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The Jan. 1 effect on your taxes

Happy new year (2) Happy New Tax Year!

The beginning of a new year is momentous in many ways, not the least of which is how it affects your taxes. For most of us, Jan. 1 means that the previous year's taxes are set. What we earned last year is what we'll owe tax on. And once the calendar page flipped to January, ways to cut that tax bill were dramatically reduced.

But the actual date of Jan. 1, 2009, also plays a big role in the 2008 taxes of many filers. The IRS use of the first day of the year as a benchmark could, depending on your individual circumstances, affect the tax rate you owe, the form you'll send in or even whether you have to file at all.

IRS age and filing requirements: Let's start with whether you have to file a 2008 return. There are many factors that come into play here, primarily how much you earned. Make over a certain amount, and the IRS wants some type of 1040.

But if you were 65 or older at the end of the tax year, you generally can make more money before you have to file. And the IRS has a birthday and tax present for some older taxpayers.

You are considered 65 on the day before your 65th birthday. So if your 65th birthday is today, Jan. 1, 2009, in the eyes of the IRS you were age 65 in 2008.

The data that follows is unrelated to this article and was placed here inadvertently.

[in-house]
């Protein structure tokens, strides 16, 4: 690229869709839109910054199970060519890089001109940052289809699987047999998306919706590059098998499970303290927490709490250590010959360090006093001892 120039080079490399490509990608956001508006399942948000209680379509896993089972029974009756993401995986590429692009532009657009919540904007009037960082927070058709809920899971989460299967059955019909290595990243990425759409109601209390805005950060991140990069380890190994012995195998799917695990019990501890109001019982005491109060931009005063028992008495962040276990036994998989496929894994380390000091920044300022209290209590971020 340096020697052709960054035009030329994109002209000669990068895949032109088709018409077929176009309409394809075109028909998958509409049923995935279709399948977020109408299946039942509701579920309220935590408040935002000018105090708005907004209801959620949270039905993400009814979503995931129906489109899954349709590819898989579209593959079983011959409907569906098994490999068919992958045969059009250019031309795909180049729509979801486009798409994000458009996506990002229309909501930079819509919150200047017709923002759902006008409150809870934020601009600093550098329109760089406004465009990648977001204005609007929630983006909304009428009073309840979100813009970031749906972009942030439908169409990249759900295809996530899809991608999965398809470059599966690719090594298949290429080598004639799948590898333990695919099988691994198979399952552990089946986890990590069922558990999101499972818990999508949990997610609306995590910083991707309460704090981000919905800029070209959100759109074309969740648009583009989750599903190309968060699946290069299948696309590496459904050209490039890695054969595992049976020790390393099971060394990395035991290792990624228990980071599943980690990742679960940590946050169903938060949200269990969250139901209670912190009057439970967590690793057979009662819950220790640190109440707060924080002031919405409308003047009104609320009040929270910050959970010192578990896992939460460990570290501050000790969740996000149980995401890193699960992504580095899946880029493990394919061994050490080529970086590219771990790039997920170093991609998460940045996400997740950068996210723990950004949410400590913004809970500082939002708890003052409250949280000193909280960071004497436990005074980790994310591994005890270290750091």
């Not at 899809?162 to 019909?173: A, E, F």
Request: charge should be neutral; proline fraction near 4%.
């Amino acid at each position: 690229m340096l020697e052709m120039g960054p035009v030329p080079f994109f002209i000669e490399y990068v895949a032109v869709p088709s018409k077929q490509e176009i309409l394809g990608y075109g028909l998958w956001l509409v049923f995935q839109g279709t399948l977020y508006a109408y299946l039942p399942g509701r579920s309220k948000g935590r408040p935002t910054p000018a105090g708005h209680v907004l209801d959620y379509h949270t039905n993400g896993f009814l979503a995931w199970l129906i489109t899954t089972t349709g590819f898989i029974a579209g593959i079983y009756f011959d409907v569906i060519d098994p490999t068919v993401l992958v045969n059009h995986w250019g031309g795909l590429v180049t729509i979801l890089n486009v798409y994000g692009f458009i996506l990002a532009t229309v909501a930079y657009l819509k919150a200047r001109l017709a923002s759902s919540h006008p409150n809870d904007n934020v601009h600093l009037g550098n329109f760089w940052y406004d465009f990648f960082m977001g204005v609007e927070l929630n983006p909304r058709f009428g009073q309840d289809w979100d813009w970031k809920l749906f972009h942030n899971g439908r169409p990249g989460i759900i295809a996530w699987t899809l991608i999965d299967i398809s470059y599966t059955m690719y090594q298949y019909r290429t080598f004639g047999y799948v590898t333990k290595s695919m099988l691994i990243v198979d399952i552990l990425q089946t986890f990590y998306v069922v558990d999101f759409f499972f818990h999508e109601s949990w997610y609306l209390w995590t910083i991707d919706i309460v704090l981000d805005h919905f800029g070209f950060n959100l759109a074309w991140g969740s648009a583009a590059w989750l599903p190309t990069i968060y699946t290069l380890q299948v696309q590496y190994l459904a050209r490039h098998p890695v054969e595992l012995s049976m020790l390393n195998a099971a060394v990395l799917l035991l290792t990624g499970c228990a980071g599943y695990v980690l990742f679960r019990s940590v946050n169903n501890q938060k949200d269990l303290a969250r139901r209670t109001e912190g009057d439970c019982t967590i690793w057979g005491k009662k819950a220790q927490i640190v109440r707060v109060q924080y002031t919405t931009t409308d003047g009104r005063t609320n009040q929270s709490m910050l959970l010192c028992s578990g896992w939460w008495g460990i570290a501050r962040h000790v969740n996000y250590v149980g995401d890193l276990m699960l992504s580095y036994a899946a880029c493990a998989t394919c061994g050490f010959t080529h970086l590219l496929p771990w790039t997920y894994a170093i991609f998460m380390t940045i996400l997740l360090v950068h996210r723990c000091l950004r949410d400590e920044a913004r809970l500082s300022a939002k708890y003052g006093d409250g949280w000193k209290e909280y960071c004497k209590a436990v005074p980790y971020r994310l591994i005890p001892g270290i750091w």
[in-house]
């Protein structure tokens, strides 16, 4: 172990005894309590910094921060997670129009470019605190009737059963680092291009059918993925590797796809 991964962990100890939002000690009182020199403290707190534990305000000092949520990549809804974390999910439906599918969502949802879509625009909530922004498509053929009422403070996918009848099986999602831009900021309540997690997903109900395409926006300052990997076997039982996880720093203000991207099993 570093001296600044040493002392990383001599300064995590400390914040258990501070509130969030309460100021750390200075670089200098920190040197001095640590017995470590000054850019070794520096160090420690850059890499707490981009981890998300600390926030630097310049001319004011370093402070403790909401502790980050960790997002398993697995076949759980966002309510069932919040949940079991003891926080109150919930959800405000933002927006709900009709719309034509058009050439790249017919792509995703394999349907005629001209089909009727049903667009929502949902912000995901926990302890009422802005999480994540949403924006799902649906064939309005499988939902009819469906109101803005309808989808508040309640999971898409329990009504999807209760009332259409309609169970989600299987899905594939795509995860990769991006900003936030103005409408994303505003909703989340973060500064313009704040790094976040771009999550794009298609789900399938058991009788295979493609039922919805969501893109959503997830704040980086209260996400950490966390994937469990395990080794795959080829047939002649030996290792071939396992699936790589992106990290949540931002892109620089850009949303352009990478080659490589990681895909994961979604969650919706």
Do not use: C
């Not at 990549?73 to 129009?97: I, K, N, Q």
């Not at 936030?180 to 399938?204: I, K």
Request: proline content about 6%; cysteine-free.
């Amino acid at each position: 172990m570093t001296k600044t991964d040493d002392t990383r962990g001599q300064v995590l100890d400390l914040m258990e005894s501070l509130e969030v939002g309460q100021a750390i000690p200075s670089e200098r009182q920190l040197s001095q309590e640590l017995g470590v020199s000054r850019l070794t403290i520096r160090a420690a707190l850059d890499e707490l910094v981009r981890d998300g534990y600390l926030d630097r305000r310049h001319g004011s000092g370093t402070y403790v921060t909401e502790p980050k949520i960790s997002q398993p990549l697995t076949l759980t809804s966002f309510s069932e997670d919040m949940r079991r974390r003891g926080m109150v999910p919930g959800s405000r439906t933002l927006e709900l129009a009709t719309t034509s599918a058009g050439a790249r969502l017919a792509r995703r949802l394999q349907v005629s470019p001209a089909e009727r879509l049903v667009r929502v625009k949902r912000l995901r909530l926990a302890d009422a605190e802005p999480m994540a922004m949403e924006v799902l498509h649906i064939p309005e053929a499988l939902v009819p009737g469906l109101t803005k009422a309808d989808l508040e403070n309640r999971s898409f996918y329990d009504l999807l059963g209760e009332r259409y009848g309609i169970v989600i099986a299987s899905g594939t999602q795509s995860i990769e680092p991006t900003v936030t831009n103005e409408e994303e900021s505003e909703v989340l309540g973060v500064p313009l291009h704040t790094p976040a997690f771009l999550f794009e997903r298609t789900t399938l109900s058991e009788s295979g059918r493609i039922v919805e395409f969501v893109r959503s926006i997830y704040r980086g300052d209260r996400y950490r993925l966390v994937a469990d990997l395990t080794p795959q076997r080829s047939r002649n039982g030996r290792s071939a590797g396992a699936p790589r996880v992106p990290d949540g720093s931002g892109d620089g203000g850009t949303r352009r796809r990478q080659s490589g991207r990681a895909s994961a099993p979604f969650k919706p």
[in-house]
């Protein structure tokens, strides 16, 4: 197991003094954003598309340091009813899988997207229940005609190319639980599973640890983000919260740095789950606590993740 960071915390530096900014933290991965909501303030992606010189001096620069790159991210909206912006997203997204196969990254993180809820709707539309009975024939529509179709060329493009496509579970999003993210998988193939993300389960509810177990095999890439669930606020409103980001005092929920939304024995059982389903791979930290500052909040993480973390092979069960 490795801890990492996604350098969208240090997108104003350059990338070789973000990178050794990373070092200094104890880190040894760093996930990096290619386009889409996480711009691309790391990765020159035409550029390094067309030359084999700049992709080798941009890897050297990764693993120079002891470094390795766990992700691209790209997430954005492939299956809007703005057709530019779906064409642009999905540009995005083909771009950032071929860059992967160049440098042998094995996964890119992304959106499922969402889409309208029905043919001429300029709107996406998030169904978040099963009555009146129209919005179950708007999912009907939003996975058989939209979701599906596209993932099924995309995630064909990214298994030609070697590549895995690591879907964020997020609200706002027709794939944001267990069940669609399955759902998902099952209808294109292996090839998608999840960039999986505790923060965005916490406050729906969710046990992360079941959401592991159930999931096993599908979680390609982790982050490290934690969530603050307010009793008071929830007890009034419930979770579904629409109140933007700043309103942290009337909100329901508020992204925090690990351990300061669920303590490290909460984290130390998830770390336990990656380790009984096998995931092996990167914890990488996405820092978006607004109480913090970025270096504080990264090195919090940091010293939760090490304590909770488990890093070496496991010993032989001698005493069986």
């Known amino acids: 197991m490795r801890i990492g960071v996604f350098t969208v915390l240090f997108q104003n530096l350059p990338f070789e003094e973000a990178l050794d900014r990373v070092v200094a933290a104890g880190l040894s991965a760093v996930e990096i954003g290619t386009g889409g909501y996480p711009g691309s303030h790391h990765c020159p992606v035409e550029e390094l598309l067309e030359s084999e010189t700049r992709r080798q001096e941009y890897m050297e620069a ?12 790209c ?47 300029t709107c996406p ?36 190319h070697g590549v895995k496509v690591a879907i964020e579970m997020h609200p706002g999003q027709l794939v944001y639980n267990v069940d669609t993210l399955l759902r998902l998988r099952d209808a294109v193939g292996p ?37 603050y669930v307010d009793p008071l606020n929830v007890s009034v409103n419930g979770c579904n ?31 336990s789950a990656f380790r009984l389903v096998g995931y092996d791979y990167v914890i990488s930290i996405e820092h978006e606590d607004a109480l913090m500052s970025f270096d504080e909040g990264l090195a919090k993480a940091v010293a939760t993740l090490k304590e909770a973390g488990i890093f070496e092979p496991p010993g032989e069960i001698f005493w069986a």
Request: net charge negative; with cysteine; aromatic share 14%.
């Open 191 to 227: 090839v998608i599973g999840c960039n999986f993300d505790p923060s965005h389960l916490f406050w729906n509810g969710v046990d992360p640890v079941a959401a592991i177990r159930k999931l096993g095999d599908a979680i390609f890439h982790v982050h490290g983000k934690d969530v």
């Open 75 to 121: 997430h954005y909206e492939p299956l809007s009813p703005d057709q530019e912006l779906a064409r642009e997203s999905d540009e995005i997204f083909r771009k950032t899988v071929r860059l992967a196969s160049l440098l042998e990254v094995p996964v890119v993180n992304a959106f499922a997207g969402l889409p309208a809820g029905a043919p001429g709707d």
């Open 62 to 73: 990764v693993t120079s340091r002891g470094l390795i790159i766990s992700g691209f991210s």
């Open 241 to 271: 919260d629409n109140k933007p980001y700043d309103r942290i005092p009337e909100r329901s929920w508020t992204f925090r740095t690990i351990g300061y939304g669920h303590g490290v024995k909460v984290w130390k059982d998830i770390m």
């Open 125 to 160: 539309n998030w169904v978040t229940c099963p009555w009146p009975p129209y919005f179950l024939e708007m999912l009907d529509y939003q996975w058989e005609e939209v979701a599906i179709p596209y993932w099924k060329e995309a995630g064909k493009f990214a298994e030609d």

This table details the earning amounts at which tax-filing kicks in for 2008 returns.

2008 Filing Requirements for Most Taxpayers
If your filing status is: And at the end
of 2008 you were:
Then file a return
if your gross income was at least:
Single under 65 $8,950

65 or older $10,300
Married filing jointly under 65 (both spouses)

under 65 (one spouse)$18,950

65 or older (both spouses) $20,000
Married filing separately any age $3,500
Head of Household
under 65 $11,500

65 or older $12,850
Qualifying widow or widower with a dependent child
under 65 $14,400

65 or older $15,450

By being (or considered) age 65 or older in 2008, you also might be able to claim the tax credit for the elderly or disabled.

IRS age and your retirement savings: The first day of this new year also comes into play in connection with required minimum distributions from certain retirement accounts, such as traditional IRAs and some company pension plans. These mandatory withdrawals are triggered once you turn 70½.

The IRS says the rule is to make sure that most of your retirement benefits are paid to you during your lifetime, rather than to your beneficiaries. Right. And it's just a coincidence that once these payments are made, the IRS, in most cases, gets a piece of the payouts.

You do, however, get a bit of timing leeway for your first required distribution. You have until April 1 of the year that follows the calendar year of your 70½ "birthday."

Here comes the figuring, and the benefit, for some folks born past midyear. You reach age 70½, says the IRS, on the date that is six calendar months after your 70th birthday. So if your 70th birthday was on June 30, 2008, you were age 70½ on Dec. 30, 2008. That means you have until April 1, 2009, to take your RMD. And yes, that's still required because recent RMD changes didn't affect 2008 payouts.